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Nat Med. 2016 Nov;22(11):1330-1334. doi: 10.1038/nm.4174. Epub 2016 Sep 26.

Dietary zinc alters the microbiota and decreases resistance to Clostridium difficile infection.

Author information

1
Department of Pathology, Microbiology and Immunology, Vanderbilt University Medical Center, Nashville, Tennessee, USA.
2
Department of Chemistry, Vanderbilt University, Nashville, Tennessee, USA.
3
Mass Spectrometry Research Center, Vanderbilt University, Nashville, Tennessee, USA.
4
Department of Medicine, Vanderbilt University Medical Center, Nashville, Tennessee, USA.
5
Department of Pediatrics, Vanderbilt University Medical Center, Nashville, Tennessee, USA.
6
Department of Pediatrics, Baylor College of Medicine, Houston, Texas, USA.
7
Department of Biochemistry, Vanderbilt University, Nashville, Tennessee, USA.
8
Center for Structural Biology, Vanderbilt University, Nashville, Tennessee, USA.
9
Department of Pharmacology, Vanderbilt University, Nashville, Tennessee, USA.
10
Tennessee Valley Healthcare Systems, US Department of Veterans Affairs, Nashville, Tennessee, USA.

Abstract

Clostridium difficile is the most commonly reported nosocomial pathogen in the United States and is an urgent public health concern worldwide. Over the past decade, incidence, severity and costs associated with C. difficile infection (CDI) have increased dramatically. CDI is most commonly initiated by antibiotic-mediated disruption of the gut microbiota; however, non-antibiotic-associated CDI cases are well documented and on the rise. This suggests that unexplored environmental, nutrient and host factors probably influence CDI. Here we show that excess dietary zinc (Zn) substantially alters the gut microbiota and, in turn, reduces the minimum amount of antibiotics needed to confer susceptibility to CDI. In mice colonized with C. difficile, excess dietary Zn severely exacerbated C. difficile-associated disease by increasing toxin activity and altering the host immune response. In addition, we show that the Zn-binding S100 protein calprotectin has antimicrobial effects against C. difficile and is an essential component of the innate immune response to CDI. Taken together, these data suggest that nutrient Zn levels have a key role in determining susceptibility to CDI and severity of disease, and that calprotectin-mediated metal limitation is an important factor in the host immune response to C. difficile.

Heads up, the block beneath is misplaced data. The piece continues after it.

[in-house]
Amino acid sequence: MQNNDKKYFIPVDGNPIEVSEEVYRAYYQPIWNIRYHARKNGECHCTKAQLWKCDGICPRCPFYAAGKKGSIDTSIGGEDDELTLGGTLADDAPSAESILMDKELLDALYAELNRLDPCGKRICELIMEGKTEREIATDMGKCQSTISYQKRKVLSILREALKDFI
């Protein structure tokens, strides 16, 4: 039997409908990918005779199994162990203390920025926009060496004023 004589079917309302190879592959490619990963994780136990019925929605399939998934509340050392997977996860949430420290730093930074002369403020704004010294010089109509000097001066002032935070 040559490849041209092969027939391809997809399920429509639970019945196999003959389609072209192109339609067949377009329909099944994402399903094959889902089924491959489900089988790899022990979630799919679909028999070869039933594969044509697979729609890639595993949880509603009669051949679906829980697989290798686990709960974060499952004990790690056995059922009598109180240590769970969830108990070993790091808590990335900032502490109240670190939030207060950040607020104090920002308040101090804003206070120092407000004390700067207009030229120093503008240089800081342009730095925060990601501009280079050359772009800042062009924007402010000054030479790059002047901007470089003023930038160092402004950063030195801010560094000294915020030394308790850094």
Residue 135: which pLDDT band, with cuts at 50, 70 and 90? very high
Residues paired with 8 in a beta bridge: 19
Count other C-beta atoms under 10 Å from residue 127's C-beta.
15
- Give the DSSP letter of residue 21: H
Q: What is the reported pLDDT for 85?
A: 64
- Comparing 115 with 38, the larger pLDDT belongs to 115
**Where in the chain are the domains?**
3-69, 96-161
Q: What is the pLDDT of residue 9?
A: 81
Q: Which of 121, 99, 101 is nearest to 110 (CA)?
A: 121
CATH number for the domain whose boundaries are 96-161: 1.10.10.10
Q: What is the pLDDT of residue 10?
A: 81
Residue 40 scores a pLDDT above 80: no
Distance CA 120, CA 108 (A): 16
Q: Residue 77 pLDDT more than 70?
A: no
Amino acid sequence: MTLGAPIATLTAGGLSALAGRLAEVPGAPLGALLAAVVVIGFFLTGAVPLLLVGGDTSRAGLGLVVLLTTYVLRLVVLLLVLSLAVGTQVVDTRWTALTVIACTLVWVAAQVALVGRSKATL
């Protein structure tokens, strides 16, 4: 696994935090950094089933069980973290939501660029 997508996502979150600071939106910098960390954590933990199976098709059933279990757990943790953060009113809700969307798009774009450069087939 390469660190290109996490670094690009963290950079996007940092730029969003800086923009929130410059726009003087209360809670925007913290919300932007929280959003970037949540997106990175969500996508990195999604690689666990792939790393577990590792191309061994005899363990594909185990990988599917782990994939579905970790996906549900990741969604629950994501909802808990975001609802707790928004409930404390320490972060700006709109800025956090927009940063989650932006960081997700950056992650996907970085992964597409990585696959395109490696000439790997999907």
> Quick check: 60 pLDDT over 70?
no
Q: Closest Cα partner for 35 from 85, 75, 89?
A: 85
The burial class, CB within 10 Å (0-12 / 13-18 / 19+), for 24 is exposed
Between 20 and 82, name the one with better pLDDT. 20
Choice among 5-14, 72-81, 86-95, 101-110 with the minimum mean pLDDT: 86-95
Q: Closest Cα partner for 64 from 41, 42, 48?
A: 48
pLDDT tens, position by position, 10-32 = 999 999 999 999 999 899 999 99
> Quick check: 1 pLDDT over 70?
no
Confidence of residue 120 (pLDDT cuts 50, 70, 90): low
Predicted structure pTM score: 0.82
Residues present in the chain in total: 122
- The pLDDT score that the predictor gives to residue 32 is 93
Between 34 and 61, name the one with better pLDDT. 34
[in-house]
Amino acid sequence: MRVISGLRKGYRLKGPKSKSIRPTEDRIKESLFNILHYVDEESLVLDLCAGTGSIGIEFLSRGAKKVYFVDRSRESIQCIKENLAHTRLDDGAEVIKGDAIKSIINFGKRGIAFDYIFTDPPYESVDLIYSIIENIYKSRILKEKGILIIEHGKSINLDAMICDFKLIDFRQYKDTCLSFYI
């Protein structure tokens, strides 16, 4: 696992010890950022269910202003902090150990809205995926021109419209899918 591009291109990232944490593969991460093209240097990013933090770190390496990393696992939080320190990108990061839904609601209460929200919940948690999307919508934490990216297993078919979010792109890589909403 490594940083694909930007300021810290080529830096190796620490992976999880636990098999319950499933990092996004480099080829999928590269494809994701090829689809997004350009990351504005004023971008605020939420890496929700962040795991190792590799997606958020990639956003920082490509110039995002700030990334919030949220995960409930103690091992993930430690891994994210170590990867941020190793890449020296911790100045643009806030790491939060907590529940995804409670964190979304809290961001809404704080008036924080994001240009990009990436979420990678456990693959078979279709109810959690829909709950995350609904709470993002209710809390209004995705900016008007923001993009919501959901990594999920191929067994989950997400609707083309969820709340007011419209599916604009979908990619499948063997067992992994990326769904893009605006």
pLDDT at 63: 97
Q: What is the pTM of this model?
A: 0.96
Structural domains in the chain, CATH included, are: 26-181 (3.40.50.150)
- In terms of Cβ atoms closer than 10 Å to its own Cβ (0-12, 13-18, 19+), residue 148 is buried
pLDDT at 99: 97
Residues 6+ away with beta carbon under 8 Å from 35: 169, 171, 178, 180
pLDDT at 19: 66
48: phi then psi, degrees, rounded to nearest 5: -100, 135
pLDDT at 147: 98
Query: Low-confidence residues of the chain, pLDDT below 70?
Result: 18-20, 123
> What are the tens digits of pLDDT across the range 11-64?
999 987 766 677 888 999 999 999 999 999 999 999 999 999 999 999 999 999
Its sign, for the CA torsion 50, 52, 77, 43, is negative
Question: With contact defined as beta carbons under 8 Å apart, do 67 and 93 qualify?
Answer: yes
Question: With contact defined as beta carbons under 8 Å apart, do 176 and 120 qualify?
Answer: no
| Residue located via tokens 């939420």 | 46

PMID:
27668938
PMCID:
PMC5101143
DOI:
10.1038/nm.4174
[Indexed for MEDLINE]
Free PMC Article

Conflict of interest statement

The authors declare no competing financial interest.

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